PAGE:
This year’s World Cancer Day theme ‘I can, we can’ focuses on individual’s efforts to fight the disease, and encourages to work together in reducing its risk factors. By Tanvi Jain
Organised by the Union for International Cancer Control (UICC) and celebrated each year on February 4, World Cancer Day marks the opportunity to rally the international community to end the injustice of preventable suffering from cancer.
This year’s theme– ‘I can, we can’- endorses the fact that everyone has the capacity to address the cancer burden. It encourages people to work together in reducing the risk factors of cancer, focusing mainly on an individual’s attempts to fight the disease.
In order to help understand as to how can one overcome barriers to early diagnosis, treatment, and palliative car, The World Health Organisation (WHO) has also released a Guide to Cancer Early Diagnosis, thereby, aiming to improve cancer control and achieve global targets to reduce premature mortality from cancer and NCDs.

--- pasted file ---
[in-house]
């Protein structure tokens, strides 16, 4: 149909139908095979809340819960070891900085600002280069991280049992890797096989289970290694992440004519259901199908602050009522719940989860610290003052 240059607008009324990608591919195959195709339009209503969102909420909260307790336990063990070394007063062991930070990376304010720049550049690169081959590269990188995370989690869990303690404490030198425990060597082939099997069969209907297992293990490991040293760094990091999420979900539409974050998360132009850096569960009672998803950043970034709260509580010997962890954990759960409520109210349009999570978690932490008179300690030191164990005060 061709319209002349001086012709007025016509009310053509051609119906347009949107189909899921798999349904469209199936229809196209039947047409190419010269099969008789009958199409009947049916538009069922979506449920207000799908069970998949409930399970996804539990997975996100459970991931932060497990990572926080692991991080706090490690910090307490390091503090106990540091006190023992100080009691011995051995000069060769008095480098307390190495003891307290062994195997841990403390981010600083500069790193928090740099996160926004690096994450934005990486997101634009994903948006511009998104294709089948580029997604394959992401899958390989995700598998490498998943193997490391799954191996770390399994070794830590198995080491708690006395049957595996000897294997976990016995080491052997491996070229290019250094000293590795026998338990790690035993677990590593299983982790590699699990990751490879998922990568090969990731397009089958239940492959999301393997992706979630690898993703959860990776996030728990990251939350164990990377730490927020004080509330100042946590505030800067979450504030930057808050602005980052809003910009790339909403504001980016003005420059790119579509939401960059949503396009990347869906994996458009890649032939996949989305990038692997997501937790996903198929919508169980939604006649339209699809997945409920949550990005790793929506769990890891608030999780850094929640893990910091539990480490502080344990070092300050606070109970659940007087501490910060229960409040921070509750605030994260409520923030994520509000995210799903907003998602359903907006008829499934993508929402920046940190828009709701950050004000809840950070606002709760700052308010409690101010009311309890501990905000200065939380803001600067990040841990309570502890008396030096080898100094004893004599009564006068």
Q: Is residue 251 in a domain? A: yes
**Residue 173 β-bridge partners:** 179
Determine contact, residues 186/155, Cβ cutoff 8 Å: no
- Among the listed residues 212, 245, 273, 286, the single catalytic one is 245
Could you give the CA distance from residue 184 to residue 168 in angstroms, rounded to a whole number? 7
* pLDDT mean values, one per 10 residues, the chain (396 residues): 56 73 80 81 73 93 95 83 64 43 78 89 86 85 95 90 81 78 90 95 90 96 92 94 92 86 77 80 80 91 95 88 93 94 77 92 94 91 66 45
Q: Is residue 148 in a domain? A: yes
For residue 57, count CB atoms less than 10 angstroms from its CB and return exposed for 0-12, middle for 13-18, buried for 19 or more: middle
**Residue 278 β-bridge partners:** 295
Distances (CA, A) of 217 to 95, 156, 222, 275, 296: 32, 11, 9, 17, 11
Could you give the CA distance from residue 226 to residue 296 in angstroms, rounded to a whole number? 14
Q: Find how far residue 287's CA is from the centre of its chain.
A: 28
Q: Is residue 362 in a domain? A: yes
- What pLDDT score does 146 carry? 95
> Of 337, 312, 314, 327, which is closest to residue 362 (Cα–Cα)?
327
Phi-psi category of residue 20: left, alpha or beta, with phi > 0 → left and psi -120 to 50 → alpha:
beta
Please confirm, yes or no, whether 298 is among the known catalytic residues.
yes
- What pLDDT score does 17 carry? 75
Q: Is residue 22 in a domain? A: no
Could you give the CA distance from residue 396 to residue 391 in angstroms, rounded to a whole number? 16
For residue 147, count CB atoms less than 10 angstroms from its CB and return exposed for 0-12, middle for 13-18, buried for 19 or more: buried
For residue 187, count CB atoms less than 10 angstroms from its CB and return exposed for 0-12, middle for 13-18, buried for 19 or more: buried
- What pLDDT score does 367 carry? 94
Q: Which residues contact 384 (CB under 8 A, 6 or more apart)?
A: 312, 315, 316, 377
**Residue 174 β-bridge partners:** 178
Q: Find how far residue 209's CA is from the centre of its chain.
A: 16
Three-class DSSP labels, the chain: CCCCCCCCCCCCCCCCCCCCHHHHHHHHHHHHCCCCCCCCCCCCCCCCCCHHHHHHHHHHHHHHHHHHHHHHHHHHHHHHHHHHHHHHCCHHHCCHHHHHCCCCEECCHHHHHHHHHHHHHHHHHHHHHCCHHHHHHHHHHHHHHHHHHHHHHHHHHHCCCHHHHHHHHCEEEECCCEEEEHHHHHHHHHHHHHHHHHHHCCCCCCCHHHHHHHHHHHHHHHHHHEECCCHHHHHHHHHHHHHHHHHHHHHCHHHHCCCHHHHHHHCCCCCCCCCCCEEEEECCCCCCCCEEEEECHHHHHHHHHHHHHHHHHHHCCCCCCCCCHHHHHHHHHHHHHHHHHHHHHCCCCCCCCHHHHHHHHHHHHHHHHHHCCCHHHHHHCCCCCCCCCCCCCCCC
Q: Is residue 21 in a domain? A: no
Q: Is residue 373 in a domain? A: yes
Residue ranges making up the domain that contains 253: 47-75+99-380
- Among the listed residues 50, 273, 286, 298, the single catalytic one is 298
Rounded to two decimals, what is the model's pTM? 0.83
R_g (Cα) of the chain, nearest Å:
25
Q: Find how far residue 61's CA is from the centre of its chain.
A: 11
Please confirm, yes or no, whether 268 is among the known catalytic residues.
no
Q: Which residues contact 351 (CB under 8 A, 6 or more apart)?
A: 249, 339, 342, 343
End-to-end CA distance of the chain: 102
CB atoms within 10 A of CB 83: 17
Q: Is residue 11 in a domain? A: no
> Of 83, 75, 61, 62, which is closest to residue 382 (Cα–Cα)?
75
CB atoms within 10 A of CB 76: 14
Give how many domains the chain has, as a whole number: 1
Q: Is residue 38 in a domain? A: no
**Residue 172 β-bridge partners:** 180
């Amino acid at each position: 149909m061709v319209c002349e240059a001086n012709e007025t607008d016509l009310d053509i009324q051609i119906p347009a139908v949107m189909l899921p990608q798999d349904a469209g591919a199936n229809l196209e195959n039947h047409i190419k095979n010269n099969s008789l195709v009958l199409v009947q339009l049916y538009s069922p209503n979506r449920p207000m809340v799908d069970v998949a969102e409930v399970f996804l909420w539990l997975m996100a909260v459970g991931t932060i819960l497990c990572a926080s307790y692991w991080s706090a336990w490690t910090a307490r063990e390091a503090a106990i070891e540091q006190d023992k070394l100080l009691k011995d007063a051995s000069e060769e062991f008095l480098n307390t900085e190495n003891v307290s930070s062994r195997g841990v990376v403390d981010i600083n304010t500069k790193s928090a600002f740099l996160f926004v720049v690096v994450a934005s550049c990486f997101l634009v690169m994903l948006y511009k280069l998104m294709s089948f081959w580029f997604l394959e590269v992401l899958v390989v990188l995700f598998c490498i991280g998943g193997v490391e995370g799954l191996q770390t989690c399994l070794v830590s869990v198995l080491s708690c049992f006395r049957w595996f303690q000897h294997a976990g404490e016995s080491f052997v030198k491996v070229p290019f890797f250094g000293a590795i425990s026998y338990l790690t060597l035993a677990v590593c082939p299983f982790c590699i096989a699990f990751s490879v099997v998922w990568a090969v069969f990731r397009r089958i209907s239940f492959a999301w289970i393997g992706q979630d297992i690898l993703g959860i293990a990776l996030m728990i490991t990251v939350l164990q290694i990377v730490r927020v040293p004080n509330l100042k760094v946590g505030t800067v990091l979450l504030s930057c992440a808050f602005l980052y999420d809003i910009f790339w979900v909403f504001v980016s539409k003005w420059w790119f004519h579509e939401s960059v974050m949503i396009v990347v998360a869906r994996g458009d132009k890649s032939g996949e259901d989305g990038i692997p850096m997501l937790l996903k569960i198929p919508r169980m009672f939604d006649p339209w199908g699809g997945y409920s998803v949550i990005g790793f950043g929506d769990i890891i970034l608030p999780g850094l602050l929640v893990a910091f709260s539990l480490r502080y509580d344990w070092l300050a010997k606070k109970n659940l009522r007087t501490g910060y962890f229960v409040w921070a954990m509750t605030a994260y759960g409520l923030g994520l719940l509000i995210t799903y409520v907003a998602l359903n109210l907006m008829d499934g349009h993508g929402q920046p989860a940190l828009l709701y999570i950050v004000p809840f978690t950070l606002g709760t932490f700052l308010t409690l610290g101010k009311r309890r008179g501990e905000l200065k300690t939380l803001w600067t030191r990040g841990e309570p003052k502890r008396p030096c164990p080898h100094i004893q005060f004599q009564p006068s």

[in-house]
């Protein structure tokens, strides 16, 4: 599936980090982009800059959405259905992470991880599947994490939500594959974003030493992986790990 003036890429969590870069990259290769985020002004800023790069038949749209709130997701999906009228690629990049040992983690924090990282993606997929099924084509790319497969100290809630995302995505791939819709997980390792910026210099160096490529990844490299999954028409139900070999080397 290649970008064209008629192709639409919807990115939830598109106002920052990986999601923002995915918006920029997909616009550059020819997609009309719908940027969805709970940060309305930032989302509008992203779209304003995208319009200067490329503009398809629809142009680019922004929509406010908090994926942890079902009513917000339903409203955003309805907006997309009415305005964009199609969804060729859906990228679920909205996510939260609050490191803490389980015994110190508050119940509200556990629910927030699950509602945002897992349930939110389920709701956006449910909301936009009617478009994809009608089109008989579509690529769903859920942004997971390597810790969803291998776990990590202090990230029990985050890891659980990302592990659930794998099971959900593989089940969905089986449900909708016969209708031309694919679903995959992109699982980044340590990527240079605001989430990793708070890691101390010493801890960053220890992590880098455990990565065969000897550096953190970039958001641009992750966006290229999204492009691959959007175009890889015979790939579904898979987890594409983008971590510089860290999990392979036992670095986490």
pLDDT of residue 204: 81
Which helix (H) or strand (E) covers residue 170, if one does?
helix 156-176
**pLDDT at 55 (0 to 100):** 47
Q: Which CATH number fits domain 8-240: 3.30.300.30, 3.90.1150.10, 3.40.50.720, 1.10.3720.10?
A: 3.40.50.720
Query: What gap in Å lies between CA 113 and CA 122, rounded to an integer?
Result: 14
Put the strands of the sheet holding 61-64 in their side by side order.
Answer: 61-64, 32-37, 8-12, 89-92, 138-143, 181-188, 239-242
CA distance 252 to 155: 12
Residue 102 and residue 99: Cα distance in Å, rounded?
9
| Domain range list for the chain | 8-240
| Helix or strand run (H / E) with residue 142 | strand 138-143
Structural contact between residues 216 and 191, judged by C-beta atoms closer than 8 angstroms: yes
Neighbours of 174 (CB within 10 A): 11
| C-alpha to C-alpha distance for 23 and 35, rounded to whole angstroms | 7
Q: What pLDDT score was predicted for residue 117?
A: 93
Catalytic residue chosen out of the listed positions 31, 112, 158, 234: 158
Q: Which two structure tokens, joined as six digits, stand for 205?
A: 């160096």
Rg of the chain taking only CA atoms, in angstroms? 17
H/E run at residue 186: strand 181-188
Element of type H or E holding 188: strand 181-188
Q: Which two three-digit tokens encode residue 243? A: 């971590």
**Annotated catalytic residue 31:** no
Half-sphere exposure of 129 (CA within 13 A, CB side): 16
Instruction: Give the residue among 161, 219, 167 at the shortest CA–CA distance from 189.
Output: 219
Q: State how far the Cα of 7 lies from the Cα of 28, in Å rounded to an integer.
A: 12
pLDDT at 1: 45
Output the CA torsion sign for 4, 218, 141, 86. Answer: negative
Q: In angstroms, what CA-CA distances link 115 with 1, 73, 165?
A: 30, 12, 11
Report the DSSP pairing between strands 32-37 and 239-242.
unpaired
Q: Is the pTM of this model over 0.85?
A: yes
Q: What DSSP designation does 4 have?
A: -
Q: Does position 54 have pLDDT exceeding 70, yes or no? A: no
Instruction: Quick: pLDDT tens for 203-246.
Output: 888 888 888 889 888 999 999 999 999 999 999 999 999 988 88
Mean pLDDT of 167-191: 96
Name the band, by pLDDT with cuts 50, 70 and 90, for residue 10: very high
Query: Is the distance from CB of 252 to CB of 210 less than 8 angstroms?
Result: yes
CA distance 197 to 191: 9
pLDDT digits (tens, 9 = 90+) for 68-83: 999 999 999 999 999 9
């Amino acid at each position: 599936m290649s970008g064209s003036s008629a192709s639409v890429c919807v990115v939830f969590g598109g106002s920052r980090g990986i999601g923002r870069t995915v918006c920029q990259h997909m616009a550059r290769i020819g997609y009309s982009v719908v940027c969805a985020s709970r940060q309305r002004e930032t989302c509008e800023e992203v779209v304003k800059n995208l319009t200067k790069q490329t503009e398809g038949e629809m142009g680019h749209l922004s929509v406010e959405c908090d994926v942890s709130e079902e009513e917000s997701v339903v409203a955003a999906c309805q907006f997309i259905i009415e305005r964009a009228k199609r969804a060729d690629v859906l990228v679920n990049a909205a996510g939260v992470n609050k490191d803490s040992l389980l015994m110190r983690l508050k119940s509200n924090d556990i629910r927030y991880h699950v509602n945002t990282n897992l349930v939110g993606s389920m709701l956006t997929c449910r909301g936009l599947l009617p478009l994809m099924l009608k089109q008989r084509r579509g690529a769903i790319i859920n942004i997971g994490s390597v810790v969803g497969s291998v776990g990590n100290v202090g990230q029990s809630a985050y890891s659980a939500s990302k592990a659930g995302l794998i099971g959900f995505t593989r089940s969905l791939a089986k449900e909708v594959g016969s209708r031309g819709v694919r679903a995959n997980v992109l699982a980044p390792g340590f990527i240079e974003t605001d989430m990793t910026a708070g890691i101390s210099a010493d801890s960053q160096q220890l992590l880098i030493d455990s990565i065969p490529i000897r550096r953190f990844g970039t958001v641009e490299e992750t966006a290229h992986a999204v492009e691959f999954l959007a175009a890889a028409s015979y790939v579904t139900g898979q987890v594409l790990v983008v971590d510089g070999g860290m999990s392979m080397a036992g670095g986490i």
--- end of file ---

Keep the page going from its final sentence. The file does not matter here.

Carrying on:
World Cancer Day, which was first created in 2000, has with time grown into a positive movement, which brings together people from across the planet to raise their voice in fight against one of the biggest challenges in history. According to WHO, across the globe, at least 17 people die of cancer every minute.
In India alone the numbers are pretty scary. As per The Indian Council of Medical Research (ICMR) and the National Institute of Cancer Prevention and Research every eight minutes at least one woman dies of cervical cancer in the country, breast cancer among newly diagnosed women kills at least one in two, and tobacco use in the country.
Moreover, the numbers also suggest, that at least 2.25 million people in the country are living with the disease, more than 11,57,294 lakh new patients are registered every year, and as in 2018 at least 7,84,821 deaths took place due to cancer. Majority of cases in India include that of oral cavity, lung and breast cancers.